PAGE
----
To receive and consider the attached report of the Chief Planning Officer regarding an application for the change of use and alterations from D1 Education Facility to A4 Public House (Renewal of permission 15/02489/FU)
The report of the Chief Planning Officer presented an application for the change of use and alterations from D1 educational facility to A4 public house (renewal of permission 15/02489/FU) at the former Elinor Lupton Centre, Richmond Road, Headingley, Leeds.
Members visited the site prior to the meeting and site plans and photographs were displayed and referred to throughout the discussion of the application.
Further issues highlighted in relation to the application included the following:
· The application was referred to Panel at the request of a Local Ward Councillor due to concerns regarding the impact on residential amenity.
· The application sought renewal of permission that was approved on appeal in 2016.
· Licensing permission was refused due to the location of the building in the Cumulative Impact Area. The Cumulative Impact Area had now been reviewed and the building now fell outside of this. The applicant had confirmed their intention to reapply for a Premises Licence.
· The building was Grade II listed and fell within the conservation area. Listed building consent had been renewed in March 2019.
· The building had fallen into a state of disrepair and had been a target for vandalism.
· External works proposed would be mainly repairs and restoration. The main external alterations would be for additional glazing at the rear to allow natural light.
· Proposed internal layouts were shown.
· Main issues to consider included the heritage and economic benefits of the re-use of the site and these needed to be weighed against the impact on residential amenity. Weight also needed to be given to the Inspector’s decision of 2016.
· The application was recommended for approval.
A local Ward Councillor addressed the Panel with concerns and objections to the application. These included the following:
· The application was rightfully refused in 2015 and Members were asked to consider what had substantially changed since then.
· Access to the building for customers and service vehicles was located in a quiet residential area.
· A public house would cause anti-social behaviour and noise nuisance. Consideration had to be given to the amenity of local residents and noise impact, but these elements had not been sufficiently addressed in the officer’s report.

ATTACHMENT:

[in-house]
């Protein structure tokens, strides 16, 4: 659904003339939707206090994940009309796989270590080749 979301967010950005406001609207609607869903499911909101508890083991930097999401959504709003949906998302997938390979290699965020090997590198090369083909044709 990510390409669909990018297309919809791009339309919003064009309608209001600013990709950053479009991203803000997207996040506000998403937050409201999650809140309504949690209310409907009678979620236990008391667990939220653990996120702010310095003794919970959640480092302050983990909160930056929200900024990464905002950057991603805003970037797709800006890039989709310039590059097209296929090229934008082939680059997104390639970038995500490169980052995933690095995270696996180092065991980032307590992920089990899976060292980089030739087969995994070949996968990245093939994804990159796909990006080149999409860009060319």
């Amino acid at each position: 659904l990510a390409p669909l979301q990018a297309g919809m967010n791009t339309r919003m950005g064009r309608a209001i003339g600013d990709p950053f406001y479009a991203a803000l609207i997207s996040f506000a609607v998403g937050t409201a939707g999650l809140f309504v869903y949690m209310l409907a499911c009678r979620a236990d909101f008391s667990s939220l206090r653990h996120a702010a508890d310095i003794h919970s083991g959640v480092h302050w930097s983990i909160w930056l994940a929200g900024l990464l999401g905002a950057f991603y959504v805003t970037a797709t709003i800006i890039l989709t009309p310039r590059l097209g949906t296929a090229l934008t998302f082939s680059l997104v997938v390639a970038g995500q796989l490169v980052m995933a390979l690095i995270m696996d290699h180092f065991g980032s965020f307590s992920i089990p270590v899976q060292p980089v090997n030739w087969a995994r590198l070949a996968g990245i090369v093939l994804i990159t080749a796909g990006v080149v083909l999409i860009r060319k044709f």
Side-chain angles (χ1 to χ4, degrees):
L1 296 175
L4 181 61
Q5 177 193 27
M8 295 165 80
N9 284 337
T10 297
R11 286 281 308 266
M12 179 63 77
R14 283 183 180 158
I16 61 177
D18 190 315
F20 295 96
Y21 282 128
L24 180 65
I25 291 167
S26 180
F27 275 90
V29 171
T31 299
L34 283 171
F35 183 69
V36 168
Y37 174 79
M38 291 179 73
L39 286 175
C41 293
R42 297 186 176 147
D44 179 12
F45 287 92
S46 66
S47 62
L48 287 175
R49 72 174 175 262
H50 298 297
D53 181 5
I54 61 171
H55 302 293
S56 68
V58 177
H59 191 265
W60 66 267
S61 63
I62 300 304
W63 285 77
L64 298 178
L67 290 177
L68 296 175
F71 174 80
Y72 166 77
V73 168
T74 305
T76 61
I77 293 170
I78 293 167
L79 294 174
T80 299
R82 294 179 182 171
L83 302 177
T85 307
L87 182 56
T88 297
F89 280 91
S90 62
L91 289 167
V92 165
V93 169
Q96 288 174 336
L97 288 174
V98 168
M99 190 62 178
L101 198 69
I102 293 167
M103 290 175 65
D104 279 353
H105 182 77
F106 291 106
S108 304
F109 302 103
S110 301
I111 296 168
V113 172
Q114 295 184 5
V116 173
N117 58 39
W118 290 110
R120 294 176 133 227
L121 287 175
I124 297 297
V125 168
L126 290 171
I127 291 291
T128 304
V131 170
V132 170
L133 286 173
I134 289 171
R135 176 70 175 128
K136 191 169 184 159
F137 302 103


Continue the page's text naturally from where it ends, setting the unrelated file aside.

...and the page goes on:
· It was anticipated it would generate 1,500 pedestrian movements a day, 2,100 on a Saturday and over 250 vehicle movements in an already congested traffic area.
· There were other empty premises in Headingley centre where a similar application would be welcomed.
· Should the application be granted it was requested that Ward Councillors be consulted with regard to any conditions that could be added.
The applicant’s representative addressed the Panel. The following was highlighted:
· The application was identical to that which was previously approved on appeal.
· The only material change since then is the withdrawal of the proposed NGT trolley bus service. Due to this, the applicant was willing to fund a pedestrian crossing on Headingley Lane which would previously have been provided within the proposed NGT scheme.
· The building had been actively marketed for 4 years before the applicant purchased the building. This was a unique opportunity to safeguard the future of the listed building.
· The development proposed would be strongly in-line with the applicant’s existing portfolio and approach, in terms of presenting an opportunity to sensitively restore a historically-important building.
· The objections were the same as those that had previously been considered during the appeal when it was considered that the benefits of the application outweighed those.
· The applicant had a good track record of operating premises in residential areas. Further, the applicant’s ‘no music’ policy would ensure limited noise disruption for local residents.
· Granting of the application would create employment opportunities in the area. The applicant would be prepared to commit to the Council’s employment and skills initiative via a s106 planning obligation.
· The applicant was agreeable to all conditions outlined in the report.
· If the application was granted it was still necessary to get licensing permission.
· The increased glazing would not cause overlooking of residential areas due to the window orientation and separation distances.
· The outdoor seating and smoking area would be situated at the side of the building and only accessed from the side door of the building.
Comments from the Panel welcomed the potential for bringing the building back into use and that having an active frontage would help passers-by to feel safe.
RESOLVED – That the application be granted as per the officer recommendation.